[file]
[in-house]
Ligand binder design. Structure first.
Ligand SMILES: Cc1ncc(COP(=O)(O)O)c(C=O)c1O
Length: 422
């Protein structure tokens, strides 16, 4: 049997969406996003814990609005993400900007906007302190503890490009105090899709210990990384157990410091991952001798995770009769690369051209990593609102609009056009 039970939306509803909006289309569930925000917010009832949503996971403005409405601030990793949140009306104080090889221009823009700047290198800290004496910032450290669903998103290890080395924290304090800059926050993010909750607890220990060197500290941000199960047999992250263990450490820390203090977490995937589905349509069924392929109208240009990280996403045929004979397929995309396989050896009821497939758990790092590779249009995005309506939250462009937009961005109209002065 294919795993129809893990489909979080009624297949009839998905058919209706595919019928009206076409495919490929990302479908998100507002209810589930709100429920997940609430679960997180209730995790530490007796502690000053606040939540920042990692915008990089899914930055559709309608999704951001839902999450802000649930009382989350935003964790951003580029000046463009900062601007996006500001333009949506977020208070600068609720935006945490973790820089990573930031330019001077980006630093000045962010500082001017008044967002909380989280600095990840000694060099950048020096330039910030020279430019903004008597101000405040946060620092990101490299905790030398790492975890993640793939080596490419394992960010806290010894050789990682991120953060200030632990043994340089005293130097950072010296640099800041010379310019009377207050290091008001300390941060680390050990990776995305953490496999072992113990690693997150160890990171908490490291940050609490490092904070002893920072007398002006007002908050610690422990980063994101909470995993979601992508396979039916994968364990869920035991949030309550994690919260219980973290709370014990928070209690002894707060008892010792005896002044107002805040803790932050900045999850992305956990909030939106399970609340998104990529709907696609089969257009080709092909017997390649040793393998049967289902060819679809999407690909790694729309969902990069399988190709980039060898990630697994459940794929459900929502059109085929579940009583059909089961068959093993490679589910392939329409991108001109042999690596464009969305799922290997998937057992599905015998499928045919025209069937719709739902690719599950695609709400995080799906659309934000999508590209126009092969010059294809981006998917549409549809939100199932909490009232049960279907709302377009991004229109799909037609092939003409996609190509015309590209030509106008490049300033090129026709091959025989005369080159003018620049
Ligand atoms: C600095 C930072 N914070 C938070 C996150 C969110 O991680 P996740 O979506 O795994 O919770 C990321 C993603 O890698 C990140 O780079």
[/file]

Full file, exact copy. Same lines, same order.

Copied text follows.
[in-house]
Ligand binder design. Structure first.
Ligand SMILES: Cc1ncc(COP(=O)(O)O)c(C=O)c1O
Length: 422
């Protein structure tokens, strides 16, 4: 049997969406996003814990609005993400900007906007302190503890490009105090899709210990990384157990410091991952001798995770009769690369051209990593609102609009056009 039970939306509803909006289309569930925000917010009832949503996971403005409405601030990793949140009306104080090889221009823009700047290198800290004496910032450290669903998103290890080395924290304090800059926050993010909750607890220990060197500290941000199960047999992250263990450490820390203090977490995937589905349509069924392929109208240009990280996403045929004979397929995309396989050896009821497939758990790092590779249009995005309506939250462009937009961005109209002065 294919795993129809893990489909979080009624297949009839998905058919209706595919019928009206076409495919490929990302479908998100507002209810589930709100429920997940609430679960997180209730995790530490007796502690000053606040939540920042990692915008990089899914930055559709309608999704951001839902999450802000649930009382989350935003964790951003580029000046463009900062601007996006500001333009949506977020208070600068609720935006945490973790820089990573930031330019001077980006630093000045962010500082001017008044967002909380989280600095990840000694060099950048020096330039910030020279430019903004008597101000405040946060620092990101490299905790030398790492975890993640793939080596490419394992960010806290010894050789990682991120953060200030632990043994340089005293130097950072010296640099800041010379310019009377207050290091008001300390941060680390050990990776995305953490496999072992113990690693997150160890990171908490490291940050609490490092904070002893920072007398002006007002908050610690422990980063994101909470995993979601992508396979039916994968364990869920035991949030309550994690919260219980973290709370014990928070209690002894707060008892010792005896002044107002805040803790932050900045999850992305956990909030939106399970609340998104990529709907696609089969257009080709092909017997390649040793393998049967289902060819679809999407690909790694729309969902990069399988190709980039060898990630697994459940794929459900929502059109085929579940009583059909089961068959093993490679589910392939329409991108001109042999690596464009969305799922290997998937057992599905015998499928045919025209069937719709739902690719599950695609709400995080799906659309934000999508590209126009092969010059294809981006998917549409549809939100199932909490009232049960279907709302377009991004229109799909037609092939003409996609190509015309590209030509106008490049300033090129026709091959025989005369080159003018620049
Ligand atoms: C600095 C930072 N914070 C938070 C996150 C969110 O991680 P996740 O979506 O795994 O919770 C990321 C993603 O890698 C990140 O780079």